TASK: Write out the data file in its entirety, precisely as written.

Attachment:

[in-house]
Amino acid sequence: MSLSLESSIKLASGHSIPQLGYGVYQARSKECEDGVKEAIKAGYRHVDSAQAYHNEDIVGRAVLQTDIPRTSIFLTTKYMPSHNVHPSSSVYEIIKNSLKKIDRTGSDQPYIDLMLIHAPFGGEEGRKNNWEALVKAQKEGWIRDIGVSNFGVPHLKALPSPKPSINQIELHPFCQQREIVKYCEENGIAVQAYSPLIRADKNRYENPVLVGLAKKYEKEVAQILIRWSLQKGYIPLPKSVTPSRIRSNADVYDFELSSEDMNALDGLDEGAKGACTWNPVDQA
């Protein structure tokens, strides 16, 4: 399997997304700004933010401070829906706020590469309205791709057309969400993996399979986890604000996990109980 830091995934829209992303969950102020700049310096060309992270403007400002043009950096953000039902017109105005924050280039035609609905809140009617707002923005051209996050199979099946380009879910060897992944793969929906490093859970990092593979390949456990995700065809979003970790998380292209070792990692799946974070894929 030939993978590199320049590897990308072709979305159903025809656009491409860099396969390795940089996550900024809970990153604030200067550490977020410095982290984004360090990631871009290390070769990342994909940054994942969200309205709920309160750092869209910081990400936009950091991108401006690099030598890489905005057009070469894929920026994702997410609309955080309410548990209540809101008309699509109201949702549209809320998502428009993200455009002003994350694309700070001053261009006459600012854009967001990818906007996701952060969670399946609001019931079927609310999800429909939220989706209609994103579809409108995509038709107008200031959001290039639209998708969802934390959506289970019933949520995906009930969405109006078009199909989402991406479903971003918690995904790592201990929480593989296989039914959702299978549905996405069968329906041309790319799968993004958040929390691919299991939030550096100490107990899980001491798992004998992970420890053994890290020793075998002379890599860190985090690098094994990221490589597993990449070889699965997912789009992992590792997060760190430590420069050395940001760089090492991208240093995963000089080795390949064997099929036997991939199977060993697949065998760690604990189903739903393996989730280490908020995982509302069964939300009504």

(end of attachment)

[in-house]
Amino acid sequence: MSLSLESSIKLASGHSIPQLGYGVYQARSKECEDGVKEAIKAGYRHVDSAQAYHNEDIVGRAVLQTDIPRTSIFLTTKYMPSHNVHPSSSVYEIIKNSLKKIDRTGSDQPYIDLMLIHAPFGGEEGRKNNWEALVKAQKEGWIRDIGVSNFGVPHLKALPSPKPSINQIELHPFCQQREIVKYCEENGIAVQAYSPLIRADKNRYENPVLVGLAKKYEKEVAQILIRWSLQKGYIPLPKSVTPSRIRSNADVYDFELSSEDMNALDGLDEGAKGACTWNPVDQA
């Protein structure tokens, strides 16, 4: 399997997304700004933010401070829906706020590469309205791709057309969400993996399979986890604000996990109980 830091995934829209992303969950102020700049310096060309992270403007400002043009950096953000039902017109105005924050280039035609609905809140009617707002923005051209996050199979099946380009879910060897992944793969929906490093859970990092593979390949456990995700065809979003970790998380292209070792990692799946974070894929 030939993978590199320049590897990308072709979305159903025809656009491409860099396969390795940089996550900024809970990153604030200067550490977020410095982290984004360090990631871009290390070769990342994909940054994942969200309205709920309160750092869209910081990400936009950091991108401006690099030598890489905005057009070469894929920026994702997410609309955080309410548990209540809101008309699509109201949702549209809320998502428009993200455009002003994350694309700070001053261009006459600012854009967001990818906007996701952060969670399946609001019931079927609310999800429909939220989706209609994103579809409108995509038709107008200031959001290039639209998708969802934390959506289970019933949520995906009930969405109006078009199909989402991406479903971003918690995904790592201990929480593989296989039914959702299978549905996405069968329906041309790319799968993004958040929390691919299991939030550096100490107990899980001491798992004998992970420890053994890290020793075998002379890599860190985090690098094994990221490589597993990449070889699965997912789009992992590792997060760190430590420069050395940001760089090492991208240093995963000089080795390949064997099929036997991939199977060993697949065998760690604990189903739903393996989730280490908020995982509302069964939300009504």